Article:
« Continuity of Operations Planning

East coast braces for winter storm Nemo

The East Coast is putting its continuity of operations planning to use, as winter storm Nemo is predicted to drop up to two feet of snow in some areas.
The East Coast is putting its continuity of operations planning to use, as winter storm Nemo is predicted to drop up to two feet of snow in some areas.

Less than four months after Hurricane Sandy, the East Coast is making preparations for another epic showing from Mother Nature. Winter storm Nemo is expected to roll across New England Friday night and most of Saturday, dumping up to two feet of snow in some areas. There are also warnings of possible coastal flooding, as Nemo will hit some states at high tide.

After learning lessons from recent storms, states are not taking any chances in their disaster preparedness. Residents began to stock up on necessary supplies on Thursday night. Salem, Massachusetts had to call in their local fire department to assist in an overcrowded Market Basket, according to the Boston Globe.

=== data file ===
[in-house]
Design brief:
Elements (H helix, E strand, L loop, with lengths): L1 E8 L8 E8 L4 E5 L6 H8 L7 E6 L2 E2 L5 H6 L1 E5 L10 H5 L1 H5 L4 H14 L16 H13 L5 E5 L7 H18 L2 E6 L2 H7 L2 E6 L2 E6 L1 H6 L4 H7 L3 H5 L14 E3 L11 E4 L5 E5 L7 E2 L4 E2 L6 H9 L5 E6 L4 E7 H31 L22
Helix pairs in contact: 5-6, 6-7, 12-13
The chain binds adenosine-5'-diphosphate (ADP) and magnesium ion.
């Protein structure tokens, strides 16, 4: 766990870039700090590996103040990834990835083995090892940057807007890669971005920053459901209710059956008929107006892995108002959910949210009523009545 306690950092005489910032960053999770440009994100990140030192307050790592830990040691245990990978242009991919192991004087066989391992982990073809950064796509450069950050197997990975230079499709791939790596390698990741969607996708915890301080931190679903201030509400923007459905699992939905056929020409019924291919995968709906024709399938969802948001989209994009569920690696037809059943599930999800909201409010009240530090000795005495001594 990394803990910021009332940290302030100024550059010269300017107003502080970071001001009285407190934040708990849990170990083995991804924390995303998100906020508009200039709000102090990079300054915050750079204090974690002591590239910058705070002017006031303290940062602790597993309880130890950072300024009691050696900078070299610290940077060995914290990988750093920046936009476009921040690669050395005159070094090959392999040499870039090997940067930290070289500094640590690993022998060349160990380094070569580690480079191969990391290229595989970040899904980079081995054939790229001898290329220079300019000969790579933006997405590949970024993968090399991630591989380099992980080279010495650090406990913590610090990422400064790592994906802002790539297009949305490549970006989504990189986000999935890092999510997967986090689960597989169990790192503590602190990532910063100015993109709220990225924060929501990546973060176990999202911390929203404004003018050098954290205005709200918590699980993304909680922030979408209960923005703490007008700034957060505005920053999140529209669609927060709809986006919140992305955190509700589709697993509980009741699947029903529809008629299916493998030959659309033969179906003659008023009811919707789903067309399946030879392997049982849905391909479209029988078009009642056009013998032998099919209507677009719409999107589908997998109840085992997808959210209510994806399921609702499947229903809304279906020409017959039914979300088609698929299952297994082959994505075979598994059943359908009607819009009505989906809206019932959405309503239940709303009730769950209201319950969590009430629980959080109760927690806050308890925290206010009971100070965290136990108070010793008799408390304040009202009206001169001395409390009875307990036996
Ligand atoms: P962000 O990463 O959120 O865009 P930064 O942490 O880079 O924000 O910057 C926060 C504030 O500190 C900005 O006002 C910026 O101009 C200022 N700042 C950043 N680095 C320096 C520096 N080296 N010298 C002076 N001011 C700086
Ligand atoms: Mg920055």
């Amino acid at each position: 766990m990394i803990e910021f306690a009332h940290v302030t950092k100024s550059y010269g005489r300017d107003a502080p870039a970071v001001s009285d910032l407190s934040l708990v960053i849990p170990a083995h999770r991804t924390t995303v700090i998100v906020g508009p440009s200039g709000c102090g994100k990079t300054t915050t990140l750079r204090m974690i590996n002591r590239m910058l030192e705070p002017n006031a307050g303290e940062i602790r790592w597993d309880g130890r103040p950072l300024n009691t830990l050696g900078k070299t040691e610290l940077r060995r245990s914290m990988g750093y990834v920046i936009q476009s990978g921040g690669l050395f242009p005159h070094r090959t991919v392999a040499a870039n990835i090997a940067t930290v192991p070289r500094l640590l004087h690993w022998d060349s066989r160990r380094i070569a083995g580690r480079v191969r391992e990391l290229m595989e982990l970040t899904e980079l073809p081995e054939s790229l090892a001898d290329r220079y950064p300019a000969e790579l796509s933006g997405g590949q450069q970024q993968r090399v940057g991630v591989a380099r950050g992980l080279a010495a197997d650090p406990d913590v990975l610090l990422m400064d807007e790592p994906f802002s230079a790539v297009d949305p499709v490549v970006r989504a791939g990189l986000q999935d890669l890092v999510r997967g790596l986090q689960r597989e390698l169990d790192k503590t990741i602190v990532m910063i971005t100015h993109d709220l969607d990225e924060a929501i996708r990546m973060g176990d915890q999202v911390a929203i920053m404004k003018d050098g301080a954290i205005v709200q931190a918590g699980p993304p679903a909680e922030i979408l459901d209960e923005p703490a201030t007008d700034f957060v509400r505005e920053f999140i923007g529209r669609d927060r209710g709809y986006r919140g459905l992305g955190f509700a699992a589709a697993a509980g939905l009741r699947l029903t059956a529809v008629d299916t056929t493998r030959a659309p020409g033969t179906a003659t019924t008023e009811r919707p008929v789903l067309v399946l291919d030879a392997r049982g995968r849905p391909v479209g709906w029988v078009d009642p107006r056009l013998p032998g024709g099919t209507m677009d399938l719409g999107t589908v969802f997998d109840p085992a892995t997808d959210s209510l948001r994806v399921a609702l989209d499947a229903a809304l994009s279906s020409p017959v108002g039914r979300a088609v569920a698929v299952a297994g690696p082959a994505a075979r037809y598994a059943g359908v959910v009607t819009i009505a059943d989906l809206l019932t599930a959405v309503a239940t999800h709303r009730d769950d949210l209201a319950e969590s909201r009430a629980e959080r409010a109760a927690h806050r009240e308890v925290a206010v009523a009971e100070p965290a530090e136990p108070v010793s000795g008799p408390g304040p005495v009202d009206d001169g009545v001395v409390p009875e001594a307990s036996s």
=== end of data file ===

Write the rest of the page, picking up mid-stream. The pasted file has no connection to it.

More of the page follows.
“We haven’t had a snowstorm of this size in many years,” Boston Mayor Thomas Menino, told the Globe. “We are hardy New Englanders used to these storms, but we want people to use common sense and stay off the streets.”

Menino added that by dawn on Friday 200 plows and salt spreaders would be crisscrossing roads in Boston and by 9 a.m., officials planned to increase the number of plows and salt spreaders to 600.

Connecticut Governor Dannel Malloy issued similar continuity of operations planning, urging non-essential state workers to stay home on Friday, according to the Associated Press. Malloy added that utility companies expect 10 percent of their customers to lose power from the storm.

Much of New England is under a blizzard warning from the National Weather Service. Tom Hawley, a meteorologist with the National Weather Service in Gray, Maine, said that the highest amounts of snow will be in the southwestern areas – anywhere from one to two feet.

Preparation and erring on the side of caution can be crucial when such dramatic outcomes are being predicted. When towns have comprehensive risk analyses and continuity of operations plans in place, recovery can be much quicker.